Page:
When I started in the industry, nothing that I did related to scrapbooking was online. I shopped in my local scrapbook store (I worked there and got a great discount). I only scrapped with paper, not digitally. I did not visit message boards or galleries, and as a very busy graduate student, I wondered who had time to do all of that anyway. I secretly judged those who carried on conversations offline about stuff they read on their favorite message board.
Today, I still rarely visit message boards. I have always found them overwhelming, and still just can’t get over that feeling. But I no longer judge those who do use them.
That’s not the only thing that has changed. I now do a lot of my scrapbook shopping online. I do have a local scrapbook store about 30 minutes from my house, but they do not carry everything I want and I do not always want to drive all over the place to get supplies anymore. I also now dabble in digital scrapbooking.
And of course, I visit blogs. I subscribe to blogs. I write a scrapbooking blog. I love scrapbooking blogs.
It has taken me years to go from exclusively offline scrapbooker, to someone who shops, hangs out, consumes, and even creates online scrapbooking content.
Once we get immersed online, we tend to forget that there is still a whole world of people who are not online. They might have email and a Facebook account, but they do not use the Internet to support their hobby in any way. Those of us online, however, begin equating online scrapbook trends and offline scrapbook trends. I hear it all the time. “Scrapbookers do this….scrapbookers do that…look at how the hobby is evolving…” But then the evidence given is evidence from the online world of scrapbooking. The next sentence might be: “I don’t read the magazines…or attend crops…or shop offline…” If that’s the case, then how do you really know what is going on in the huge offline world? Most likely, you don’t.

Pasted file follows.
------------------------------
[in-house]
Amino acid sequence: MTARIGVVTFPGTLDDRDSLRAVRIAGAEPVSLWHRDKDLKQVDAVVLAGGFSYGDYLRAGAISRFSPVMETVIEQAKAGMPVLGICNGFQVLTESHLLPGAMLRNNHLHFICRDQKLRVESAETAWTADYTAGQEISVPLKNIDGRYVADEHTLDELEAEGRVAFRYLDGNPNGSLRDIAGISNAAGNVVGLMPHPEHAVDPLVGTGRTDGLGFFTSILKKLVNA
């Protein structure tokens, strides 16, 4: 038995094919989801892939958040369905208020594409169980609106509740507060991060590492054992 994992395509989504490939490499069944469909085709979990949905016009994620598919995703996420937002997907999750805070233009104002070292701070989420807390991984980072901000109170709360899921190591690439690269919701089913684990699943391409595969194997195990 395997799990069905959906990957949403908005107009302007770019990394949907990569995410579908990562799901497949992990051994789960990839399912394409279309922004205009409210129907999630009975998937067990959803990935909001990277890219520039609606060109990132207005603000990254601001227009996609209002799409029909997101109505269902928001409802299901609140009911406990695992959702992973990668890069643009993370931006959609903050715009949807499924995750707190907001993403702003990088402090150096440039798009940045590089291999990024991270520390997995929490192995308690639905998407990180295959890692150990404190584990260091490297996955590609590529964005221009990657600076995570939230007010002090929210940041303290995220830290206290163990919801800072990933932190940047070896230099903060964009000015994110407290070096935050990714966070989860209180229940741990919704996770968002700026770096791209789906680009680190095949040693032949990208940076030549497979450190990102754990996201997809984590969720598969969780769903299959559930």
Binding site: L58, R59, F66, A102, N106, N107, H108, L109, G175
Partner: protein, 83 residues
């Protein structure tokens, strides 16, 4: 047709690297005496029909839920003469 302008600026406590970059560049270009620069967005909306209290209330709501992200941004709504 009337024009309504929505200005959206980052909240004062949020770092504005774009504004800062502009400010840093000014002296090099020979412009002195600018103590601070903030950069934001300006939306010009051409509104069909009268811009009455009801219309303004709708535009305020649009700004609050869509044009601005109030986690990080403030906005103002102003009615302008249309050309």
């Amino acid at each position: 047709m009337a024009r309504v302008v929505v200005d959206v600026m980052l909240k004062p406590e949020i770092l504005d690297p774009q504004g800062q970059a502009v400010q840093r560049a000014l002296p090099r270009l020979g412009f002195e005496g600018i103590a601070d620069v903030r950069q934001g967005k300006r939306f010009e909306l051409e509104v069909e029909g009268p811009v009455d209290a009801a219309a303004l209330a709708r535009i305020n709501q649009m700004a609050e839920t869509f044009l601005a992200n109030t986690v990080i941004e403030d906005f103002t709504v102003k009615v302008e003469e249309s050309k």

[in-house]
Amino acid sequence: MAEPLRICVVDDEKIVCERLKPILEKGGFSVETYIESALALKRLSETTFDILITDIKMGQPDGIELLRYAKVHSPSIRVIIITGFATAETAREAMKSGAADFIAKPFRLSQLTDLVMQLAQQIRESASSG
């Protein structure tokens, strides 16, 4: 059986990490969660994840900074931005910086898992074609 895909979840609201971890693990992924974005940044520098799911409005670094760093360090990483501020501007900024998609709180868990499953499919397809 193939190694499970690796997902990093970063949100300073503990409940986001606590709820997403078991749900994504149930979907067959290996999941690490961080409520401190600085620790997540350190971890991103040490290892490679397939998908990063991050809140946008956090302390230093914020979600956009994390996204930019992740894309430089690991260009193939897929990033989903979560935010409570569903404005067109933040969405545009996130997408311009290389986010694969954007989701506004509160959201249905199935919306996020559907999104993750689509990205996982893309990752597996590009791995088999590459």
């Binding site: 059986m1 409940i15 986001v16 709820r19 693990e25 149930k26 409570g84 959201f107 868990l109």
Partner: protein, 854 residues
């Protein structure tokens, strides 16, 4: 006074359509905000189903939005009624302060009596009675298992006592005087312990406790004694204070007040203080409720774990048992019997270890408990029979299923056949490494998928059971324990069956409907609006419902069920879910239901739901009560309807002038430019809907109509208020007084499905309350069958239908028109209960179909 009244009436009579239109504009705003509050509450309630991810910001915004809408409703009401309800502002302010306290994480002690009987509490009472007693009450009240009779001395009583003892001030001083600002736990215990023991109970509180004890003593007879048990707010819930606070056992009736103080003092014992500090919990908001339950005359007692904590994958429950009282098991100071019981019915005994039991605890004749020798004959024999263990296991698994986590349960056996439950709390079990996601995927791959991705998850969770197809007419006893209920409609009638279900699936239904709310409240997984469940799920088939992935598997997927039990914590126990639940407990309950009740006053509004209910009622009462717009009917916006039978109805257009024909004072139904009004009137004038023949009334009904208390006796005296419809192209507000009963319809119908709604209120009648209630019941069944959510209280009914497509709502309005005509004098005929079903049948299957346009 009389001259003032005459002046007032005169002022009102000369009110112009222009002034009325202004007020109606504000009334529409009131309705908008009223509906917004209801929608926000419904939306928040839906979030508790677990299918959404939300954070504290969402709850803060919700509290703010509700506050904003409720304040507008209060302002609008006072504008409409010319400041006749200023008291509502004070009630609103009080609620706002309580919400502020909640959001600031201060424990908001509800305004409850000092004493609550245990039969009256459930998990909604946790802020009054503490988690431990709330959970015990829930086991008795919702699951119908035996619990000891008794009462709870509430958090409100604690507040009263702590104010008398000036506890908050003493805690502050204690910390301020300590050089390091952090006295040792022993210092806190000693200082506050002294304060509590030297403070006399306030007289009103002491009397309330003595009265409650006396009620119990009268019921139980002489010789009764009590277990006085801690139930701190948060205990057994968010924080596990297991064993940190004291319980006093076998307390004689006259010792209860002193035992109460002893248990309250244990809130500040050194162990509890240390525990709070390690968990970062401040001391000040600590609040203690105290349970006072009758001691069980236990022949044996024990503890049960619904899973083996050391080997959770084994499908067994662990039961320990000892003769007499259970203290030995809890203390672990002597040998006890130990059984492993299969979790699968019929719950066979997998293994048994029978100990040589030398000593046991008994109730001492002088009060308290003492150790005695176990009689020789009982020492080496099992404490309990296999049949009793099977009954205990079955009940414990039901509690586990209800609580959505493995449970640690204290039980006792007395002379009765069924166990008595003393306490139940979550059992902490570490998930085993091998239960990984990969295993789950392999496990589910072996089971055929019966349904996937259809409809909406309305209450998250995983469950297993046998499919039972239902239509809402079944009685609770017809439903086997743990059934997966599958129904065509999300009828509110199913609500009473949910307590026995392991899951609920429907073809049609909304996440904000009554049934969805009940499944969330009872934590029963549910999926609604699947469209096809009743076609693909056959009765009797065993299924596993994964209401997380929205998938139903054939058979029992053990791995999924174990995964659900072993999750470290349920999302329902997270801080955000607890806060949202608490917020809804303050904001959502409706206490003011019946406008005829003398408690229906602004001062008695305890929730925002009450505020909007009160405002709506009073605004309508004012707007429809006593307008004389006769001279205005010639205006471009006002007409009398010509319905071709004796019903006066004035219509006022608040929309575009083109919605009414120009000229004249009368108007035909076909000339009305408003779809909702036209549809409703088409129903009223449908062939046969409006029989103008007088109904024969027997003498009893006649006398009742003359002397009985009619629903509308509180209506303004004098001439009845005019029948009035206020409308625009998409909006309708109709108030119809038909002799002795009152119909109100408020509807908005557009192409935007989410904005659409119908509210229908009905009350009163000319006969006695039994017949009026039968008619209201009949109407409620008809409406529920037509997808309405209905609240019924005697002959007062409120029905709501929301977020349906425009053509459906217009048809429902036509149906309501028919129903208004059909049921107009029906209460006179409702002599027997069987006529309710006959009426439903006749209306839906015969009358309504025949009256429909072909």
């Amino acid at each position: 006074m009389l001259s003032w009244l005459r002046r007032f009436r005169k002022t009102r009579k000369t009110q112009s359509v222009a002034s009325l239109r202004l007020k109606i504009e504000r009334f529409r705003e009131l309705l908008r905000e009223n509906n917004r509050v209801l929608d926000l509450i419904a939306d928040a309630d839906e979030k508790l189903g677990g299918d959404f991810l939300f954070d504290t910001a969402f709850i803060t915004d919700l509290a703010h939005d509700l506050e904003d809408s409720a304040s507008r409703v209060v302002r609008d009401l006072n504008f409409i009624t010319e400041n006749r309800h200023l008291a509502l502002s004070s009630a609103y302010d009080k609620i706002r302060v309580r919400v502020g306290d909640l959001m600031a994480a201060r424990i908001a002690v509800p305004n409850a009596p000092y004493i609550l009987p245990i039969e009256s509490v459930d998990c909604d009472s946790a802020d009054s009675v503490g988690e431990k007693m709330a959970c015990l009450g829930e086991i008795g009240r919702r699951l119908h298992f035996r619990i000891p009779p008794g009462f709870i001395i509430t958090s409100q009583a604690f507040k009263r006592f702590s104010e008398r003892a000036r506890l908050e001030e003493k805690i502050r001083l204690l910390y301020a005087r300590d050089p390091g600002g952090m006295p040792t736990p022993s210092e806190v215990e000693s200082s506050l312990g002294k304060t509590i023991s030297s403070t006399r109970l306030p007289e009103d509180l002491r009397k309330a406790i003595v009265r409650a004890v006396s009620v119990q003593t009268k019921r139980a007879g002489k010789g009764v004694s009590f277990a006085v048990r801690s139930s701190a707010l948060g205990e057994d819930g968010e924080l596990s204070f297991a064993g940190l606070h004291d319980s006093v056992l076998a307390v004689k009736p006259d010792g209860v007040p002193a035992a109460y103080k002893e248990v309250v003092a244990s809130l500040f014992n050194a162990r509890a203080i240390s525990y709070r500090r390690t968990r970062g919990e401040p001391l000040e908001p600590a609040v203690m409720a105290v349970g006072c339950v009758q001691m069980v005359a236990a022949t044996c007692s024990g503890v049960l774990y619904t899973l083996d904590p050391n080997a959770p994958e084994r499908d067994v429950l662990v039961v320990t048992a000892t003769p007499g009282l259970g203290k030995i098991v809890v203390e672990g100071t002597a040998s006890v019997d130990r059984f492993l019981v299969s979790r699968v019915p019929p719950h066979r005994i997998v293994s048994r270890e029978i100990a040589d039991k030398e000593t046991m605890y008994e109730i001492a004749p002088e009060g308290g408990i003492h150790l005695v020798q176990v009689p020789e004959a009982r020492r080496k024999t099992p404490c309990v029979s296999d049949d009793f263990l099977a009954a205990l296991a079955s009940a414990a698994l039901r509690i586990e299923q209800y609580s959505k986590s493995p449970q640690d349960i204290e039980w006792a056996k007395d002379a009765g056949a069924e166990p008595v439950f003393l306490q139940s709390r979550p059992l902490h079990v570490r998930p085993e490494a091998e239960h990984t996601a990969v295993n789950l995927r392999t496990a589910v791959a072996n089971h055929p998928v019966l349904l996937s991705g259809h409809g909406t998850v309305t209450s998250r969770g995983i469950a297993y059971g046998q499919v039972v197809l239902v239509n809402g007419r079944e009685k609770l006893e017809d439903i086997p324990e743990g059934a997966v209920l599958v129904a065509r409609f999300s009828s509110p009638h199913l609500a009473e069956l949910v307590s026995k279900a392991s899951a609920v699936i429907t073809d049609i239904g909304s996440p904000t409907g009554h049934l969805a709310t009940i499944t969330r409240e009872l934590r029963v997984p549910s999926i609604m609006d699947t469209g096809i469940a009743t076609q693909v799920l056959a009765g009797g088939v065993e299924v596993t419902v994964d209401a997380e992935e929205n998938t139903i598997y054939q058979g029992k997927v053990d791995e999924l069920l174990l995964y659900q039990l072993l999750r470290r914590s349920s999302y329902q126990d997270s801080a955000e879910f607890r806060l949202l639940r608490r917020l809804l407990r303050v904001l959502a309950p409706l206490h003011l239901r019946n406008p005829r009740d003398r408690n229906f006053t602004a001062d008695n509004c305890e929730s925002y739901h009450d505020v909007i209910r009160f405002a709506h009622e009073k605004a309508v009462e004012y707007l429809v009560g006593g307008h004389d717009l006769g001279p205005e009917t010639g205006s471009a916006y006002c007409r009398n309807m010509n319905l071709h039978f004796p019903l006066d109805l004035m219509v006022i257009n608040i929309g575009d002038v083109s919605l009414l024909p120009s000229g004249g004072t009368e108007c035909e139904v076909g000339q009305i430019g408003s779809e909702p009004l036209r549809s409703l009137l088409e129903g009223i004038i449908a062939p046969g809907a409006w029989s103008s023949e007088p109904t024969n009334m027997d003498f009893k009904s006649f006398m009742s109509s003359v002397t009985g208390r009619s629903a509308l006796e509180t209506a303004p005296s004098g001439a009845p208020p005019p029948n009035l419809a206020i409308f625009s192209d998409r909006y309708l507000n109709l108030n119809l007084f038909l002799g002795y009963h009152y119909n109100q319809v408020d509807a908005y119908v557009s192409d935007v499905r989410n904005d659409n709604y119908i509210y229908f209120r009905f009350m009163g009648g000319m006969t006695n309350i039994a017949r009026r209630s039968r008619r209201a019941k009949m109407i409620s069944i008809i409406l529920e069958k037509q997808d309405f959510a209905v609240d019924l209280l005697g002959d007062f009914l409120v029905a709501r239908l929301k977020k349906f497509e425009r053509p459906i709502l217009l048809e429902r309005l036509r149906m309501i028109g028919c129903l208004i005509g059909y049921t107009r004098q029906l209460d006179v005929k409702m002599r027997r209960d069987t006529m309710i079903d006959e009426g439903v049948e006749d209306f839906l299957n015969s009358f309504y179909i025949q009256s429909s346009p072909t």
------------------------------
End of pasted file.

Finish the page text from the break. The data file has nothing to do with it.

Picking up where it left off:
It’s easy to get into this mindset, if like me, you have a tendency to think subscribing to a 100+ blogs is something everyone does.
So what’s the point of all of this? Online business owners have to be careful about equating what happens online with what happens offline, and offline business owners should do the same. The reason for this is simple: In order to attract more customers, you need to make sure you are providing something that new customers might want. If I want to grow online, I need to get more people online. If I want to grow offline, I need to figure out what the needs of offline scrapbookers are. In order to access the needs of online and offline scrapbookers, I need to go where these groups are and even though there might be some overlap in their wants and needs, there may be important differences that matter for your business.
Are you ignoring the specific preferences of the offline scrapbookers in your customer base? Maybe you should think about what you can do to better reach them.
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